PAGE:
Il Pirata

Marco Pantini


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As is hopefully obvious, Marco Pantani was called Il Pirata–The Pirate–because he looks just like a pirate.

Angel of the Mountains

Charly Gaul

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Charly was known as the Angel of the Mountains because of the way he flew up even the most treacherous passes. He is known for being a reserved, rarely happy rider who, perhaps appropriately, always performed best in cold, wet weather.

Il Falcon

Paolo Salvoldelli


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Savoldelli was known as The Falcon because even though he was an excellent all-around racer, he was an astounding descender; one of his descents was so flawless it won him the Giro.

El Purito

Joaquim Rodríguez


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Purito is a Spanish word for a small cigar and Rodríguez is a very short rider who packs a real punch. There are a few other stories about how he got his nickname floating around as well, but if you check out his website it’s obvious that no matter how he got the name, he likes it.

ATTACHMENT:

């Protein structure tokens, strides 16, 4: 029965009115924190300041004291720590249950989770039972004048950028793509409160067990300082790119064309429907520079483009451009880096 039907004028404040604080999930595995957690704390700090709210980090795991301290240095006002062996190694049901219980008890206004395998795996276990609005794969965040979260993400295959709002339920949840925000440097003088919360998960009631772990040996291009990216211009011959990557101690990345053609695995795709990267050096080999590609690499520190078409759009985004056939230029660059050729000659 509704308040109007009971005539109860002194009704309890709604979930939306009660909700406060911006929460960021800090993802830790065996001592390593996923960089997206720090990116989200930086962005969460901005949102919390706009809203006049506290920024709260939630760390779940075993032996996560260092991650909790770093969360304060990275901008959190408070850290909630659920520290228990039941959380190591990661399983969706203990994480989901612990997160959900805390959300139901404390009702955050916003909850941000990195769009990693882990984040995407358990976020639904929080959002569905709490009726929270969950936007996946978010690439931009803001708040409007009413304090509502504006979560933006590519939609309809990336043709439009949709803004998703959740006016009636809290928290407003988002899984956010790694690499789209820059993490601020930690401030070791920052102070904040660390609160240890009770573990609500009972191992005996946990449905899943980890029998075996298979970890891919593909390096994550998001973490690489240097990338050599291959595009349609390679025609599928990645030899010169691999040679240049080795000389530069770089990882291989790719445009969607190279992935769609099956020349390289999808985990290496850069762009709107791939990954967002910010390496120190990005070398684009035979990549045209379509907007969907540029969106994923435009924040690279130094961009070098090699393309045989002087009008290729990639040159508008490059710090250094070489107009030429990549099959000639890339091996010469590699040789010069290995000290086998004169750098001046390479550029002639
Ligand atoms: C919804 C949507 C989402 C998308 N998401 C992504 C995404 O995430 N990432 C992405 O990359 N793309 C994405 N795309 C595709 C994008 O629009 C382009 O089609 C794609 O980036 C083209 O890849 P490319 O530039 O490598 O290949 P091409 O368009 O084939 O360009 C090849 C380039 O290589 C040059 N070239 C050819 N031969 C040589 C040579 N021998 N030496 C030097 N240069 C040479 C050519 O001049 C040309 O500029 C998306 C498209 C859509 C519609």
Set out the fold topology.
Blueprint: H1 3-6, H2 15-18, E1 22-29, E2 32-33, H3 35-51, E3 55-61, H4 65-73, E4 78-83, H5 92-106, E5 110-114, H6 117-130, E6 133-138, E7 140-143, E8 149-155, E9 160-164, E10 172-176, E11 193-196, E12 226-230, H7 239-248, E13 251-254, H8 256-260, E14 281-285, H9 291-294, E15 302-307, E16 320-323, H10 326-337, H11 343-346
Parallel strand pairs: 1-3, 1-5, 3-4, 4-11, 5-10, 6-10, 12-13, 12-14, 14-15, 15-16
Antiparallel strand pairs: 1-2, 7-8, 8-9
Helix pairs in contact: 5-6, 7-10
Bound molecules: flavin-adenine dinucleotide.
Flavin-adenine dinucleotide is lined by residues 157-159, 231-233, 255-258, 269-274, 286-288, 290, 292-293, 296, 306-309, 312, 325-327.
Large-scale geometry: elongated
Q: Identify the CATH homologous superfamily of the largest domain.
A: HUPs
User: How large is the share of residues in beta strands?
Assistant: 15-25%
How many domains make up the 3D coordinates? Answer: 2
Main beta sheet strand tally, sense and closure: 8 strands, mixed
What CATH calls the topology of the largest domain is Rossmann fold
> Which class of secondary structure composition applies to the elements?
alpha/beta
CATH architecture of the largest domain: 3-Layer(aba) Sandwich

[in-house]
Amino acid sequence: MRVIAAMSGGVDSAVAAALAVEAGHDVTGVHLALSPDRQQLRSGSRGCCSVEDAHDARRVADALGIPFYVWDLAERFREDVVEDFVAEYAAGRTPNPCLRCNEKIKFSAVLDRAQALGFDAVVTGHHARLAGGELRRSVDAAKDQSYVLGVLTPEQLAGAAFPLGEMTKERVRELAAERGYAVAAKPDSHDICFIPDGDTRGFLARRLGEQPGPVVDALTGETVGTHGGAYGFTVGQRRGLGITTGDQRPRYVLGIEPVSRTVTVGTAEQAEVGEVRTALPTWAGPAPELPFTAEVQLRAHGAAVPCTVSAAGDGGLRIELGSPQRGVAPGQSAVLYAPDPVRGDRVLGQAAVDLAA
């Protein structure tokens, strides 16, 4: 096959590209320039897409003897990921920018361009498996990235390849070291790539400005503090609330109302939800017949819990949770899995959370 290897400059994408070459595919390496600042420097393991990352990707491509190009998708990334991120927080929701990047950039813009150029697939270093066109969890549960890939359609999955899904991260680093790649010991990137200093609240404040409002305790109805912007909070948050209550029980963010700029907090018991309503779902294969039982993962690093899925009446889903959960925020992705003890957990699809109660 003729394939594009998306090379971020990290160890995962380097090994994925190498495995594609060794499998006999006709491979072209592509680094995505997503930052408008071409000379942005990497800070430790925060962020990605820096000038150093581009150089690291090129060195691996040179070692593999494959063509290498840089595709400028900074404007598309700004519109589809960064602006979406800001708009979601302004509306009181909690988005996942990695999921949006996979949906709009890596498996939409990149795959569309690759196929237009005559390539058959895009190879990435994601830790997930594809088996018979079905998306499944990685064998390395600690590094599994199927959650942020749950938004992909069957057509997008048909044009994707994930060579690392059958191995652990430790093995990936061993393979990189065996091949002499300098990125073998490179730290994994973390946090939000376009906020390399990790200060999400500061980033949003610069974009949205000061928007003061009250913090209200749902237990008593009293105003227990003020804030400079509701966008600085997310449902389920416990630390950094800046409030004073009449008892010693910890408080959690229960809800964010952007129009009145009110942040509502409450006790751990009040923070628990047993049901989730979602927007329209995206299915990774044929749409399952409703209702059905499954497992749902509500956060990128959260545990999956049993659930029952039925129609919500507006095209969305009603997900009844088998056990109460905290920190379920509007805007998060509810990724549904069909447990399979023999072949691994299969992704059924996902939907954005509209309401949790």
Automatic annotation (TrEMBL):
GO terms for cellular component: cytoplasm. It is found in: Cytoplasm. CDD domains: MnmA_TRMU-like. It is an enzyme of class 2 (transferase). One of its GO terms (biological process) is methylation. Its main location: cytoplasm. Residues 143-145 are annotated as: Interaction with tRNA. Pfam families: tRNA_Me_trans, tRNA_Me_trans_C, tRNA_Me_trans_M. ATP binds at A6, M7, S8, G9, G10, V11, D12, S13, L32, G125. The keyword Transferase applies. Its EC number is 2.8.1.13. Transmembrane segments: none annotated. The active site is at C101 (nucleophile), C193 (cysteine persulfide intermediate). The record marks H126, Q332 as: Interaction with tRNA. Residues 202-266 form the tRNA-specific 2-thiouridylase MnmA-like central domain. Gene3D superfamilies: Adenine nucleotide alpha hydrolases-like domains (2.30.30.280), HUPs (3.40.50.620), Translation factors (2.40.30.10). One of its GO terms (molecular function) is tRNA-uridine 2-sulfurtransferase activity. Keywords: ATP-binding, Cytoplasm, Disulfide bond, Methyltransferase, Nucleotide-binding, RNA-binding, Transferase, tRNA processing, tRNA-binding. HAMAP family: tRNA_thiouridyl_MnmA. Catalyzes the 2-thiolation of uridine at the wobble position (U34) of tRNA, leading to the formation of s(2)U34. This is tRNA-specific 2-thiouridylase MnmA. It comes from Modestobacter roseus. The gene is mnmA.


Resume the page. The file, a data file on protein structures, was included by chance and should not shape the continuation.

The Flea of Torrelavega

Vicente Trueba Pérez


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(He’s carrying his own tubes!)

Vincente was the first racer to ever win the King of the Mountains award in the Tour de France. His somewhat unflattering nickname was reflective of how agilely he leapt up mountains and destroyed his competition in the hilly stages.   

Spartacus, Tony Montana, and The Swiss Time Machine

Fabian Cancellara